👉Mare, in addition to “female” and “animal”, must also denote a property of “horseness”. Words have general semantic properties such as “human” or “parent”, as well as more specific properties that give the word its particular meaning.

👉The same semantic property may occur in words of different categories. “Female” is part of the meaning of the noun mother, of the verb breast-feed, and of the adjective pregnant. 

“Cause” is a verbal property of Beautiful, Kill, dark and so on.

1. Beautify----cause to become beautiful
2. Kill-------------cause to day
3. Darken -----cause to become dark

Other semantic properties that help account for the meaning of verbs are as follows:

Semantic Property Verbs having it
1. motion--------------→Walk, Run, Fall, Bring, Plod...
2. contact ---------------------→Touch Kiss, Hit.....
3. creation--------------------→Imagine,Make, Build....
4. sense-------------------------→Feel, Hear, See...

For the most part no two words have exactly the same meaning. Additional semantic properties make for finer and finer distinctions in meaning. Plod is distinguished from walk by the property ‘slow’, and stalk from plod by the property such as ‘purposeful’.

We can then use this idea to describe part of the meaning of words as having either plus (+) or minus (-) that particular feature. The feature that the noun boy has is ‘+ animate’ (= denotes an animate being) and the feature that the noun hamburger has is ‘- animate’ (=denotes an inanimate being).

The above example is an illustration of a procedure for analyzing meaning in terms of semantic features. Features such as ‘+ animate, - animate’, ‘+ human, - human’, ‘+ female, - female’ for example, can be treated as the basic elements involved in differentiating the meaning of each word in a language from every other word.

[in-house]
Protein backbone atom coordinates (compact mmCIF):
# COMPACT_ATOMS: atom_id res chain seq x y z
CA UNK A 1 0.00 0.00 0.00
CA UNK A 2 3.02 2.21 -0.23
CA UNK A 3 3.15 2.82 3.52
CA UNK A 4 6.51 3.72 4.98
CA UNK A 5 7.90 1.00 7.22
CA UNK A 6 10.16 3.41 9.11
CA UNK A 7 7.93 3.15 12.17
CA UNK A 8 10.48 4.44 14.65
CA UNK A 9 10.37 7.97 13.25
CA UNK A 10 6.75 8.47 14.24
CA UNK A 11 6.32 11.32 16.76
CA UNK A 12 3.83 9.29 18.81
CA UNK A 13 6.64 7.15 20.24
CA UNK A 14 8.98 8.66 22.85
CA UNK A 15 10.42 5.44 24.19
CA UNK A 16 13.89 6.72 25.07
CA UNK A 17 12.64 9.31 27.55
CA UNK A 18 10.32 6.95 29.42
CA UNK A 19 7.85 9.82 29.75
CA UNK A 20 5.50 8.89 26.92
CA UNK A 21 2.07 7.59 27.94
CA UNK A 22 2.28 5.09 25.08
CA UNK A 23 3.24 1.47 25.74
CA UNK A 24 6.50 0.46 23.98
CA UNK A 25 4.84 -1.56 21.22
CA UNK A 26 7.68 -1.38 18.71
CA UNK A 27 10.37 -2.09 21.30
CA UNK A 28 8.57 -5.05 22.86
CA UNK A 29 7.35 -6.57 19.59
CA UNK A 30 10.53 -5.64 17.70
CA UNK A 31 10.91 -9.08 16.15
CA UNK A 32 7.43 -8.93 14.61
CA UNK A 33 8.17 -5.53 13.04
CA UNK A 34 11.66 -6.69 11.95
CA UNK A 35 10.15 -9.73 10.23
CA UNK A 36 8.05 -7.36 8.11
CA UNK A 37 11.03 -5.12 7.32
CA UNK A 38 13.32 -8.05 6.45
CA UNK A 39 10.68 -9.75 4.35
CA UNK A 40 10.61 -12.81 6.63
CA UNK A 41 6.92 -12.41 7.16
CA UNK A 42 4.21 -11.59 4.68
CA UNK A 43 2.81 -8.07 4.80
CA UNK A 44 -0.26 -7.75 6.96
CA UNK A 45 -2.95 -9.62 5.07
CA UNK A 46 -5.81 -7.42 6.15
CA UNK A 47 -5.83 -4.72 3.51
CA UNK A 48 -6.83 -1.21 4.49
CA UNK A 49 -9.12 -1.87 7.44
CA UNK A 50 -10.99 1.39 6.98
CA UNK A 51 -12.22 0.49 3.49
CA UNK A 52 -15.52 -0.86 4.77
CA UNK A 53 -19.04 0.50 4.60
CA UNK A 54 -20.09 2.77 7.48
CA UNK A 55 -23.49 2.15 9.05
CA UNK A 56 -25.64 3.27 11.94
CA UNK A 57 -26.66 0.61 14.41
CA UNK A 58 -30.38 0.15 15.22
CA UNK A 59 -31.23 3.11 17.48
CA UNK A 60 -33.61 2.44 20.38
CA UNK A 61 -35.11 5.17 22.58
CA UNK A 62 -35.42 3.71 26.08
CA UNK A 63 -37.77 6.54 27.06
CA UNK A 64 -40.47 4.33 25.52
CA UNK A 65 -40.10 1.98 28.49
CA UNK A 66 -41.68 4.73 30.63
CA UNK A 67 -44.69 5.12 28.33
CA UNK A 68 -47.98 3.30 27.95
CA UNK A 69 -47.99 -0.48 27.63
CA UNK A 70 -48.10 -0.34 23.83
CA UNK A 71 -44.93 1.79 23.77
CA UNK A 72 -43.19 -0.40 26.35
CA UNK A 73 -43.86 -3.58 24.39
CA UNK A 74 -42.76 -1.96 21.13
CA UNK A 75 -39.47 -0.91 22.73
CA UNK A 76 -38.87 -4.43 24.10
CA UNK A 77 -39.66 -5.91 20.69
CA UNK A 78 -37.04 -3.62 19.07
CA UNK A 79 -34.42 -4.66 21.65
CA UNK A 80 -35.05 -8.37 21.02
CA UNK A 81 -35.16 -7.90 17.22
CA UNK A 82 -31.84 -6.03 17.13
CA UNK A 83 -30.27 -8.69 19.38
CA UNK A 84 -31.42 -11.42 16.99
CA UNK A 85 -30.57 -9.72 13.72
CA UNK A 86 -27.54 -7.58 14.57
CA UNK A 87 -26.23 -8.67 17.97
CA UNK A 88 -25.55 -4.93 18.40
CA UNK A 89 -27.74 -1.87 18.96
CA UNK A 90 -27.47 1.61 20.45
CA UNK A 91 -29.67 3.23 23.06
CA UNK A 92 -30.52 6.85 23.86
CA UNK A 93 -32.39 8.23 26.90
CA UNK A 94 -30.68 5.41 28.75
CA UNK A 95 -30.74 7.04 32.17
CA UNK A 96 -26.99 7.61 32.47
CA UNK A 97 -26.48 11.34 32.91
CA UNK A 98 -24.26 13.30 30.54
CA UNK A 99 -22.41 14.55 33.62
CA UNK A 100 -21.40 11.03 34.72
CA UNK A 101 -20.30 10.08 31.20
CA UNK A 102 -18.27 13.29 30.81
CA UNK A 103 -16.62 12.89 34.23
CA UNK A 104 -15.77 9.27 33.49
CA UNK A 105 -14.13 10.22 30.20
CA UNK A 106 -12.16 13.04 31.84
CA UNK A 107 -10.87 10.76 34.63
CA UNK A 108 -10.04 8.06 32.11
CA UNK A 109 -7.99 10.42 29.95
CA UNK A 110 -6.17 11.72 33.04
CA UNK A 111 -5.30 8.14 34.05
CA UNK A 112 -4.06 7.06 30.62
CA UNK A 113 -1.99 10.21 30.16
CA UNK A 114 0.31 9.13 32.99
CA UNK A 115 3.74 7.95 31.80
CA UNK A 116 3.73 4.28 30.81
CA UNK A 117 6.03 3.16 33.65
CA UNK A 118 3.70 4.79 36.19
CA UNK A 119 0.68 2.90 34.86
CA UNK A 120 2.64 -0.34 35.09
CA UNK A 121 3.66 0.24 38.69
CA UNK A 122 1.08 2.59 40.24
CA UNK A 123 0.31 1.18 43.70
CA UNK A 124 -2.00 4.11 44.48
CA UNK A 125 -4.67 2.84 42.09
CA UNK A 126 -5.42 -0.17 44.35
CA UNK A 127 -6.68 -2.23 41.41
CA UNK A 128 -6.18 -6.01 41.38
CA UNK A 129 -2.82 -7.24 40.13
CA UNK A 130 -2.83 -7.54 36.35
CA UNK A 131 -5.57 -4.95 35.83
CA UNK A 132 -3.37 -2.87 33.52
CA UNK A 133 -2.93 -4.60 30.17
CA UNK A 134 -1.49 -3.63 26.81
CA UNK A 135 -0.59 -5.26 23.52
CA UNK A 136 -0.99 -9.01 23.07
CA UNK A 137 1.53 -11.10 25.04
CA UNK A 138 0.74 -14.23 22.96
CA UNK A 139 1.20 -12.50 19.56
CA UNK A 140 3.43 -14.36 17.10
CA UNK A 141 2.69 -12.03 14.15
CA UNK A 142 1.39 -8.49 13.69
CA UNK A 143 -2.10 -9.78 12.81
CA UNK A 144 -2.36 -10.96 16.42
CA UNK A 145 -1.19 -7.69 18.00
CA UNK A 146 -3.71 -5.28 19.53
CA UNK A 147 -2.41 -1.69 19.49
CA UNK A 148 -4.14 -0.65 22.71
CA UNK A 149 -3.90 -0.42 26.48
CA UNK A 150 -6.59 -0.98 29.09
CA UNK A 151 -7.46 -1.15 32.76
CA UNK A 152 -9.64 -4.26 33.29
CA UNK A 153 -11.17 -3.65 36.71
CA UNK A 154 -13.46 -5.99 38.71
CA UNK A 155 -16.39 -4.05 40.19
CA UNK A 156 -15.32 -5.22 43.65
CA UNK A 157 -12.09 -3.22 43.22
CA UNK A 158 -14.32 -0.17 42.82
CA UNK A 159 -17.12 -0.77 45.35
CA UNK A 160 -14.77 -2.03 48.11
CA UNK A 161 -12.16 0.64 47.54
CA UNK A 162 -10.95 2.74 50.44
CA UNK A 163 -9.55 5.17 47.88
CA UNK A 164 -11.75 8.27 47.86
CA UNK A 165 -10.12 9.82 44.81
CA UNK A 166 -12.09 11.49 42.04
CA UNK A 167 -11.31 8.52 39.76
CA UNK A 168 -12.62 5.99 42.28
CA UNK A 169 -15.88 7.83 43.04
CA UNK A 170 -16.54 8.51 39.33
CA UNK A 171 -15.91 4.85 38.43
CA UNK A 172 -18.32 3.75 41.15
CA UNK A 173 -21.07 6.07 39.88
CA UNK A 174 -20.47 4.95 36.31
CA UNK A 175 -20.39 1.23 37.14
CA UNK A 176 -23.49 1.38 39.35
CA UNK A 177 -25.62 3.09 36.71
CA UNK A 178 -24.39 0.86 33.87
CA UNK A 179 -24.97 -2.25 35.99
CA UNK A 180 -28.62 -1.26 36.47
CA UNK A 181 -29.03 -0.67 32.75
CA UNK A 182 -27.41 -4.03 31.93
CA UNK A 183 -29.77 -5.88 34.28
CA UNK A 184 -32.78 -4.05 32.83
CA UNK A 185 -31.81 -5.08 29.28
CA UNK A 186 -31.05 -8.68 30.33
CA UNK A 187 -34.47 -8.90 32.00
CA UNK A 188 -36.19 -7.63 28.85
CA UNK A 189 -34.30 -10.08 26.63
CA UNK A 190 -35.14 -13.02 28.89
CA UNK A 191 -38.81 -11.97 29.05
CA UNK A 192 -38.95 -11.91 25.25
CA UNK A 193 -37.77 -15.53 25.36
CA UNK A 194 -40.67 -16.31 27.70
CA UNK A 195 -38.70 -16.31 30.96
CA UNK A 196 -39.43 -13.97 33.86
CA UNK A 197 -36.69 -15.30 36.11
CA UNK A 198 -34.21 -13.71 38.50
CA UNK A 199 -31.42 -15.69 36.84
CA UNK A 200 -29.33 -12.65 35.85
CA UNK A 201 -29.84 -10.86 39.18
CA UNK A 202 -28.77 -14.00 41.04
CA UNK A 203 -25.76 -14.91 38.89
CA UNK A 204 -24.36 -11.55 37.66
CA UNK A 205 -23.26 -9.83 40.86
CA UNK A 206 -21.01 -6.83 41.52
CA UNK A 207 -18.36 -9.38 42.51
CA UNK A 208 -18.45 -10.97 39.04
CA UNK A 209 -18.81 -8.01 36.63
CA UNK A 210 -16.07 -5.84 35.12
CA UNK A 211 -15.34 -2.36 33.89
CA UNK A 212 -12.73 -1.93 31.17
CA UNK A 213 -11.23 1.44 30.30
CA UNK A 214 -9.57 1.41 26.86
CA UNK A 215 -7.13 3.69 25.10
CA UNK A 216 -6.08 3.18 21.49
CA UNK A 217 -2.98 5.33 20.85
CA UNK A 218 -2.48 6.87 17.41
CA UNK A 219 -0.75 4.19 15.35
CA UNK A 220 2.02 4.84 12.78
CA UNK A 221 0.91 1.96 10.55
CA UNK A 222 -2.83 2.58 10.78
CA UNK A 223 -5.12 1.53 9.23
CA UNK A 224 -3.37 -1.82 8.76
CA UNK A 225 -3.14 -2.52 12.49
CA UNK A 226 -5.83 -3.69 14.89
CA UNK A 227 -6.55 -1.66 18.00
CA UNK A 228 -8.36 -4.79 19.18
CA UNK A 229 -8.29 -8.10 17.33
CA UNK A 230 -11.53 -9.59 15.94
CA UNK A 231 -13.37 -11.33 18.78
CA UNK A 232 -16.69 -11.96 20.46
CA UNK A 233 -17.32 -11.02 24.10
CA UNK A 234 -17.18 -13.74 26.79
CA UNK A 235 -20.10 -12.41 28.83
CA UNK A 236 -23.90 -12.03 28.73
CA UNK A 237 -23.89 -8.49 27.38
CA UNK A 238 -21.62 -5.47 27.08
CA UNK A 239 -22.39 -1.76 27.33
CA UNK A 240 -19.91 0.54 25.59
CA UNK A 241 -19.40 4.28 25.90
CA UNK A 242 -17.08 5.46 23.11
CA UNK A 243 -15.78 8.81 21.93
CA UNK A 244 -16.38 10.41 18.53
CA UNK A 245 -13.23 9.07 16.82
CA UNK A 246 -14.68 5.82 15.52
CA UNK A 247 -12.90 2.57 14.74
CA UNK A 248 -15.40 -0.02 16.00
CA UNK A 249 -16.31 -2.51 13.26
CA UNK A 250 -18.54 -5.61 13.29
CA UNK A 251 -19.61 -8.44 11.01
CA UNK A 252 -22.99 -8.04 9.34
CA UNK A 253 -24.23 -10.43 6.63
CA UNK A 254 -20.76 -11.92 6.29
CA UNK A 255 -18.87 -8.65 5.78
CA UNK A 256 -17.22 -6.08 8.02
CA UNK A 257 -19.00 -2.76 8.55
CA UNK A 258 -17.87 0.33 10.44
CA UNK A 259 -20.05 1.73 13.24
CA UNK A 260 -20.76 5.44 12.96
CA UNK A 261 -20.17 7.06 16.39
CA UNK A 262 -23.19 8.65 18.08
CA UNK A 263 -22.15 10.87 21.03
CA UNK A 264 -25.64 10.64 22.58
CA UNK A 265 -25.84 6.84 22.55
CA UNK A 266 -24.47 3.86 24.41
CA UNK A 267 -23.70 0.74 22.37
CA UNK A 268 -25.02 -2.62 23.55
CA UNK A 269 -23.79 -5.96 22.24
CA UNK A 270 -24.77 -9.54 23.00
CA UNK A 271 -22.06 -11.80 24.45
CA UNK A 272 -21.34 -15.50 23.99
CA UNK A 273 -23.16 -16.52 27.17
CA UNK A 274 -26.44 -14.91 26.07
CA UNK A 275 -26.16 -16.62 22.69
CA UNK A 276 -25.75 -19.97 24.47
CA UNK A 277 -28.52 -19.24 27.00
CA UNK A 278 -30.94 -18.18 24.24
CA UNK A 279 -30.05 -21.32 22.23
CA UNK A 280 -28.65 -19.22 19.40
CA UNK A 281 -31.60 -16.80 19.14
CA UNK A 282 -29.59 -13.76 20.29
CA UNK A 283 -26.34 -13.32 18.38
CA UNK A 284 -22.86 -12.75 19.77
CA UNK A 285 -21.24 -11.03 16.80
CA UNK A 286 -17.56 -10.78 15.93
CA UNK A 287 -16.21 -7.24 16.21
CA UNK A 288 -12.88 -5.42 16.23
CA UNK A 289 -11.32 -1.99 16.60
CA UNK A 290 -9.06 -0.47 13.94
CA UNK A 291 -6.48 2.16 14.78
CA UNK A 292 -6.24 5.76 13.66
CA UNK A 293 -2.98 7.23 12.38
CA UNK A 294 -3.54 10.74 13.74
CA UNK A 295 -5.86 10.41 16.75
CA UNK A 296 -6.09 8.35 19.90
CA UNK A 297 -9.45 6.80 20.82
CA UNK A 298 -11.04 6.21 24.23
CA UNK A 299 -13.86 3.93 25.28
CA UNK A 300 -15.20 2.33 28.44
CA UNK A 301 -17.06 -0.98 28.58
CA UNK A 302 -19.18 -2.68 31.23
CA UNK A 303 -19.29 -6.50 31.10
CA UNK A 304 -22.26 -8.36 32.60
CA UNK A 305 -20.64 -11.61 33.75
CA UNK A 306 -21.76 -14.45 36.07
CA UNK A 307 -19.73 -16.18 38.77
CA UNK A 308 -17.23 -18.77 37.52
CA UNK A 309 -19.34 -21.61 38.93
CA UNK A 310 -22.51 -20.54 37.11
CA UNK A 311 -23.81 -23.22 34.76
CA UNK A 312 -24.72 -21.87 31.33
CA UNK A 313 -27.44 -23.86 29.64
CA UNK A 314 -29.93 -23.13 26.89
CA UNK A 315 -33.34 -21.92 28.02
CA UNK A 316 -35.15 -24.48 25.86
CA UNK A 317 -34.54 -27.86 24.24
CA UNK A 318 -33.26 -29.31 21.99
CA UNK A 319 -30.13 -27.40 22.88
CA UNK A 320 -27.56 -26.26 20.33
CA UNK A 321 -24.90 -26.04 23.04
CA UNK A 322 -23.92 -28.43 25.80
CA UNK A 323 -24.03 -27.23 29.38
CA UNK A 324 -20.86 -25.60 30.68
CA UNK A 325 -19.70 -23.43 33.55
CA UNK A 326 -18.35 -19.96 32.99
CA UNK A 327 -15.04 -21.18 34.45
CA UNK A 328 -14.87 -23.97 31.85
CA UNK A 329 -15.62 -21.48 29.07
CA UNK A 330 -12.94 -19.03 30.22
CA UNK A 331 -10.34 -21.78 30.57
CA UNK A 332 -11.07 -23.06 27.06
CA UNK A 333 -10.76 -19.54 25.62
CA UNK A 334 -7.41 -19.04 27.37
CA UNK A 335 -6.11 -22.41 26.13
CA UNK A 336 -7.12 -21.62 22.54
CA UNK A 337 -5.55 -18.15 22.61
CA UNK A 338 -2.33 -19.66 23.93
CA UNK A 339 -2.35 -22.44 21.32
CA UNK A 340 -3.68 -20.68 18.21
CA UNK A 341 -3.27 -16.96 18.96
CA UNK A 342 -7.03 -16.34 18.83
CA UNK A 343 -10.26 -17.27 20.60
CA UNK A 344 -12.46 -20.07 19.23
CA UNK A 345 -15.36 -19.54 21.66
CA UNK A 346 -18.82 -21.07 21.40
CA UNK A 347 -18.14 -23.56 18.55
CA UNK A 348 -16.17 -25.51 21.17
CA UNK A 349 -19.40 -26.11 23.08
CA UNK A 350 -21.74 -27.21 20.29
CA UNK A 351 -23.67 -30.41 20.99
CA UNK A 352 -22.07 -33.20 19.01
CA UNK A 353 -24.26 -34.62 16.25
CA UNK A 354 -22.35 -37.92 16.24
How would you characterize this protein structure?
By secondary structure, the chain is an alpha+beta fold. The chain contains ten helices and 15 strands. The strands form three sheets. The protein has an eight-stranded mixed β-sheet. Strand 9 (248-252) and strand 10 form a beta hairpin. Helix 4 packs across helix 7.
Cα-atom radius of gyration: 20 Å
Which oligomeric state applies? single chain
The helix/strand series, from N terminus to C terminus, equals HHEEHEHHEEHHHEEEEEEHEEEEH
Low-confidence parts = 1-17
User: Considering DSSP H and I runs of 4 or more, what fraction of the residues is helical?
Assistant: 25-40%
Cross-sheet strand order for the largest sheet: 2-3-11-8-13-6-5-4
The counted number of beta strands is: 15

Words may be in intersecting semantic classes. For example child is in the class “Young” woman is in the class with property “female” and girl is in the intersecting class with the two properties “Young and female.”

In addition to, there are semantic relations between words and certain semantic categories may imply others. For example, the property “human” implies “animate”.

This relationship can be expressed by semantic features, similar to phonetic features. In this case the lexical entries for words such as father, girl and mare would have the following (incomplete) appearance.
woman     father       girl        mare             (to) stalk
+female  +male      +female   +female         +motion
+human  +human   +human  -human         +slow                                        
 -young    +parent  + young  -young     +purposeful
 …               …              …       + horseness    …      

Intersecting classes share the same features, such as the class of human females, which are marked “plus” for the features human and female.

Additional fact, such as that “human” implies “animate”, could be stated using redundancy rules on these features, for example.

[+ human] --> [+ animate]

The rule means that if any word contains the feature [+ human], it “automatically” contains the feature [+ animate].

Therefore the feature [+ animate] need not be specifically mentioned in the lexical entry for father (or girl, professor, child); it can be inferred from the feature [+ human] by the redundancy rule.

Some semantic redundancy rules reveal “negative” properties. For example, if something is “human” it is not “abstract”; an activity that is “slow” is not “fast”. Thus we could state:

[+ human] -->    [-abstract]
[+ slow ]    -->     [- fast]